Freedom of Information Act and the Local Municipalities

As we all know, there are a number of municipalities that have licensing requirements, in fact, nearly every single municipality requires a license for at least one thing.

There was a period of time, here, at Business Licenses, LLC, when I was researching the requirements with regards to permits and licenses for alarm installations. I was assigned a number of local municipalities whom I called to discover these regulations. Many times, I could simply read the code which was conveniently posted online and didn’t have to call anyone to discover these requirements.

When on the phone, most of the municipalities were rather forthcoming and offered information and detailed explanations about what to expect, how much it will cost, etc. Some municipalities, however, are not as forthcoming. The ones that were not as forthcoming sometimes acted as extreme as to make one believe that their regulations were ‘top secret’ information. Under the Freedom of Information Act I can request information about the Federal Government including, ‘copies of all records, regardless of form or format.’ (5 U.S.C. §  552 (a)(2)(D) Many things are no longer ‘top secret’ under the law and, most certainly, a municipality's codes should not be treated as such.

Also, The Electronic Freedom of Information Act Amendments of 1996 requires that all agencies make ‘certain types of records, created by the agency on or after November 1, 1996, available electronically.’ ( However, most of the municipalities with the ‘top secret’ attitude typically haven’t amended, changed or created any new amendments since 1996 thereby allowing them to keep their records only in books that have to be purchased or looked at in the office or library in the given municipality.

These municipalities, protecting their codes and alarm licensing procedures, usually come out and say: ‘if you want to see the code you will need to file a Freedom of Information Request. The application is on the website and the fee is $10 initial processing fee and $2 per page of information.’ Or they will say, ‘you can come into the given office and read the code for free.’ In today’s business world, this is unduly onerous. A municipality with this policy is damaging the viability of new business in its jurisdiction. Instead of offering to provide the information these municipalities adopt a new bureaucratic process to clog the system. In a truly business friendly locale the local municipalities would be forthcoming about the requirements rather than hiding behind extra paper work and filing fees. They could simply add this fee into the business license fee as a ‘processing fee’ instead of using the Freedom of Information delay tactic. From experience, it is usually the people in these departments who are unsure about the codes or have little experience applying the codes who immediately fall to the mantra “you can file a freedom of information act request.”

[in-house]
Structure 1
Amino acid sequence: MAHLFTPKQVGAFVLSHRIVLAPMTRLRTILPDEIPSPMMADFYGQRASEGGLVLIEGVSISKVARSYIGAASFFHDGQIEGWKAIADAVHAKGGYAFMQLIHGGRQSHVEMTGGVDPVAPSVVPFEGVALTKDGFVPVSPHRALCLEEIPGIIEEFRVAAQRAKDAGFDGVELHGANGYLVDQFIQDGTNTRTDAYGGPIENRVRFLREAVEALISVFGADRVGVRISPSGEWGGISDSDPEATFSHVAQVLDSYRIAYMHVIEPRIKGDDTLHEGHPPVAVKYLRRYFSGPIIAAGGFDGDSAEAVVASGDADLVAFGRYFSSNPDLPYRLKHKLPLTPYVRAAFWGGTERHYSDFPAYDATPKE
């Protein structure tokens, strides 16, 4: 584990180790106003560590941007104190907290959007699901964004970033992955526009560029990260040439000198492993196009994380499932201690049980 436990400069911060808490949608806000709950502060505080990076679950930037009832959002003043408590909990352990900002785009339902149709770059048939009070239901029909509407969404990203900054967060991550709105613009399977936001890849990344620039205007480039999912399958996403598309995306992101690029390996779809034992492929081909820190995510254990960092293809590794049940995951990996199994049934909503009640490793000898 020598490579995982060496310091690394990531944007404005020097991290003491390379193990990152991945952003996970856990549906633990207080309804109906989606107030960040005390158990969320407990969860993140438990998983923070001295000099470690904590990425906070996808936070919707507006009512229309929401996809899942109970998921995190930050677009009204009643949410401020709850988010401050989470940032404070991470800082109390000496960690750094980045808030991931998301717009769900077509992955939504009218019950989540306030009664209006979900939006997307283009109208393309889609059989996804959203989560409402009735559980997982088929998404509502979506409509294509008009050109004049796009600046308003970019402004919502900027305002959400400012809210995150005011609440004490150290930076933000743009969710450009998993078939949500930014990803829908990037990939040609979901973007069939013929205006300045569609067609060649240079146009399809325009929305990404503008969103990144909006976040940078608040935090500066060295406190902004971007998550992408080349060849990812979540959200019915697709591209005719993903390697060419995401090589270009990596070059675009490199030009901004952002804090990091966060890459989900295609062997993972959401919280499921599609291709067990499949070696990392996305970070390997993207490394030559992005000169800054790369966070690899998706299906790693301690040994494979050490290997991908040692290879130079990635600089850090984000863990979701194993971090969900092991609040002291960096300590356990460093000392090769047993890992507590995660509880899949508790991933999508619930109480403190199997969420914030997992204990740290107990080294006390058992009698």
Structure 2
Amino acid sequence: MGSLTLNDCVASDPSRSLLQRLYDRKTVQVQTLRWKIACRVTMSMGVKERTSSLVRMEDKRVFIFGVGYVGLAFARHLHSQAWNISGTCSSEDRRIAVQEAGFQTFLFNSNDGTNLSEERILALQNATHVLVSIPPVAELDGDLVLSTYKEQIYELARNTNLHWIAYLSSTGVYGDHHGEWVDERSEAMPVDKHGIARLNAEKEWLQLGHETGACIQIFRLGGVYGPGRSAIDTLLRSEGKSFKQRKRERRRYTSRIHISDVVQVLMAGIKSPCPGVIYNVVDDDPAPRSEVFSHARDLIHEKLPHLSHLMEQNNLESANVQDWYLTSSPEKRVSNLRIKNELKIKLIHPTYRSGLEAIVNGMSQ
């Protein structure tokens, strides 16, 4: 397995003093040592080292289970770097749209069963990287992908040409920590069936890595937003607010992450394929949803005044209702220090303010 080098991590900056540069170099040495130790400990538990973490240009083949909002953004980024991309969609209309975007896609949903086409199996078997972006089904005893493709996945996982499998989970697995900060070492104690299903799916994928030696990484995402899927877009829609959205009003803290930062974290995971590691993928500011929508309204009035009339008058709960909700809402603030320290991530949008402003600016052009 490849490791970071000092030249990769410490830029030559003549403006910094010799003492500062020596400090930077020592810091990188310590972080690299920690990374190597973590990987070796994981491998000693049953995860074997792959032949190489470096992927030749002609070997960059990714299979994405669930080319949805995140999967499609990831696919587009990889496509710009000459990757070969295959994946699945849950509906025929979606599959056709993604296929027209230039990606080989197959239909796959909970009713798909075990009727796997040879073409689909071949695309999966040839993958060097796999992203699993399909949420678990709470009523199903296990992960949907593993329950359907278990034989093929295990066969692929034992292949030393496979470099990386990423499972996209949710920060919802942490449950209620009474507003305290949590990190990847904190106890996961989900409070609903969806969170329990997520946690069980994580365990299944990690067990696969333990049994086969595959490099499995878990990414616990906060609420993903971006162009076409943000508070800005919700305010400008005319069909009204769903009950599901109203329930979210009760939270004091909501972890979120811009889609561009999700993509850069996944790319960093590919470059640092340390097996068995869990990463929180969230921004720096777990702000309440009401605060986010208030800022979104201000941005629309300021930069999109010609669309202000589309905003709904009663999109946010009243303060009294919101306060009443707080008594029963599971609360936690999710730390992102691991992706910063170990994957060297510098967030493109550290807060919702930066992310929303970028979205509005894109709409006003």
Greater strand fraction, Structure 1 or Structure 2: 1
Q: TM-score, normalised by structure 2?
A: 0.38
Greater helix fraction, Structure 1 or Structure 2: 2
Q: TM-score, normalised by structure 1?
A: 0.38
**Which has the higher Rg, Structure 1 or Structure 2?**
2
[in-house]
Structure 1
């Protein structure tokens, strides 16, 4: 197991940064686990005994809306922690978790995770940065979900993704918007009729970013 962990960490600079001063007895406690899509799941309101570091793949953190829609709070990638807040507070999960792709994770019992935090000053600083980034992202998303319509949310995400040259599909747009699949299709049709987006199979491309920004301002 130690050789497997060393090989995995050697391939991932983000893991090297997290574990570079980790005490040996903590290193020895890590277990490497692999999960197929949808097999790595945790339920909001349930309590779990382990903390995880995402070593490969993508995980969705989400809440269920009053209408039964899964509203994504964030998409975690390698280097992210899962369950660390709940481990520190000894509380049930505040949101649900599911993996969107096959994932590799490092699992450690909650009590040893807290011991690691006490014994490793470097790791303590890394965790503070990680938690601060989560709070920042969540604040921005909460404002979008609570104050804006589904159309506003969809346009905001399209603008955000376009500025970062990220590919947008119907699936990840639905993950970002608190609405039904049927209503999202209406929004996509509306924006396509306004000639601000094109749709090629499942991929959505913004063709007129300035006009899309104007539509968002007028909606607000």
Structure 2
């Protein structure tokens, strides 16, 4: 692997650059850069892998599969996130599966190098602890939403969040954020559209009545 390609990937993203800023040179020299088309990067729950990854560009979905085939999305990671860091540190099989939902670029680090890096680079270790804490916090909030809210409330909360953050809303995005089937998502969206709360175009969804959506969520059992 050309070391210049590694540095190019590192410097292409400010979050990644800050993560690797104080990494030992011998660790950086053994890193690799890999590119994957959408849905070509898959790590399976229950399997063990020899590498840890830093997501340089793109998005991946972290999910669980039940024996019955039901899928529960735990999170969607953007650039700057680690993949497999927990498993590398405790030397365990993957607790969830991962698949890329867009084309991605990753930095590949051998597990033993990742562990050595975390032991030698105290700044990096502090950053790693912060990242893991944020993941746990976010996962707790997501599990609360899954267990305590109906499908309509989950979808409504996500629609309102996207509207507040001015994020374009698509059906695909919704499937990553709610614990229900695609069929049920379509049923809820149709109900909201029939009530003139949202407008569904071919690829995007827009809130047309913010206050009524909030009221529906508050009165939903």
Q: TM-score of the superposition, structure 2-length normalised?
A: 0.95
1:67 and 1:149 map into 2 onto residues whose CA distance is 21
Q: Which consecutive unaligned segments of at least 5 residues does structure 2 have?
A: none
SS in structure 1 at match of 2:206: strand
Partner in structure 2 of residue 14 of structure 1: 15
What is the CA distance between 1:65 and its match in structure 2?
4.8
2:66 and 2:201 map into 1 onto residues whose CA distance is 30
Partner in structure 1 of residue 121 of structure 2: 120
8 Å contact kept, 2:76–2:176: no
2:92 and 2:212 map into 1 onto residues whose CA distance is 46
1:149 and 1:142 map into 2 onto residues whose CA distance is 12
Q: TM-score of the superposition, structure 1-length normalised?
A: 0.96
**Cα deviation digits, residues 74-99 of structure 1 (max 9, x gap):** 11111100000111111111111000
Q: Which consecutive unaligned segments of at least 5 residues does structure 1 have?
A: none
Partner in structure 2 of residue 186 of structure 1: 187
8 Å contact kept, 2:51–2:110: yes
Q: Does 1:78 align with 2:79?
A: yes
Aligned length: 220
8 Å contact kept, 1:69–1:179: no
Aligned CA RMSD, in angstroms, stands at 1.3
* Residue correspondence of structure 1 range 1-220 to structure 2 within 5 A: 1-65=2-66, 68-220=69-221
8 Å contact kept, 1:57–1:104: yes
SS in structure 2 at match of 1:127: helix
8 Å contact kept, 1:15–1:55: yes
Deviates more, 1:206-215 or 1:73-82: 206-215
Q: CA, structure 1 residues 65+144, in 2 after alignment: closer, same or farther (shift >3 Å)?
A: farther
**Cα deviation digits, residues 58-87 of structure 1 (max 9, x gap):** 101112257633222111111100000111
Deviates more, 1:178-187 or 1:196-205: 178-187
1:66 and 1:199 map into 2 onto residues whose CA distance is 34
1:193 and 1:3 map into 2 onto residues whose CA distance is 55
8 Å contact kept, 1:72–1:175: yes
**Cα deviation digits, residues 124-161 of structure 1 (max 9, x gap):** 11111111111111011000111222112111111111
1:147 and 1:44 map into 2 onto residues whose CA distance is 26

Recently, in Graysville, Alabama I needed to file a business license. I call the Authority to ask how much the fee will be and the woman asks me a few questions and determines that the business license fee will be nearly $4,000! I ask her how she calculated the fee and she indicates her mathematical procedure. The math was correct. Then I asked her where in the code does it say that my business license fee should be calculated that way. I tell her that all of the other surrounding localities have a fee substantially lower. She shares with me the Ordinance number and sections. I ask her if I can find a copy of the Codes on the internet or if she can email or mail me a copy of the ordinance. She refuses to mail me a copy and states that the ordinance is not online, alternatively, she indicates that I can come down to the office and read the ordinance. I tell her that I cannot come there and she tells me that if I want a copy of the code I can file a Freedom of Information Request at the prescribed $10 initial fee and the $2 per page!

The Freedom of Information Act, in my experience, has actually impeded the free flow of information which is exactly the opposite of the intentions of the legislation as it now gives these local municipalities more reasons to block the flow of information and therefore blocking business activities in the respective jurisdictions.


About The Author

Jessica Taylor

Jessica Taylor is a certified paralegal with significant experience in criminal prosecution, corporate compliance, business law, homelessness policy, environmental law and family law. She currently serves as a Corporate Associate at Business Licenses LLC where she oversees the licensing of various companies across the United States. She takes pride in her client centered service and in executing timely licensing strategies.

Her background includes internships with a Family Law Firm in Nottingham, UK, The Environmental Law Foundation in London, UK, TEMPO Networks in Newark, NJ and as an employee with the St. Louis Circuit Court in St. Louis, MO. She has experience with both the US legal system and UK legal system. Prior to her work with Business Licenses, LLC, Jessica completed Law School at City University in London, UK where she completed a dissertation on US and UK homelessness policy, earning an LLM in Legal Practice.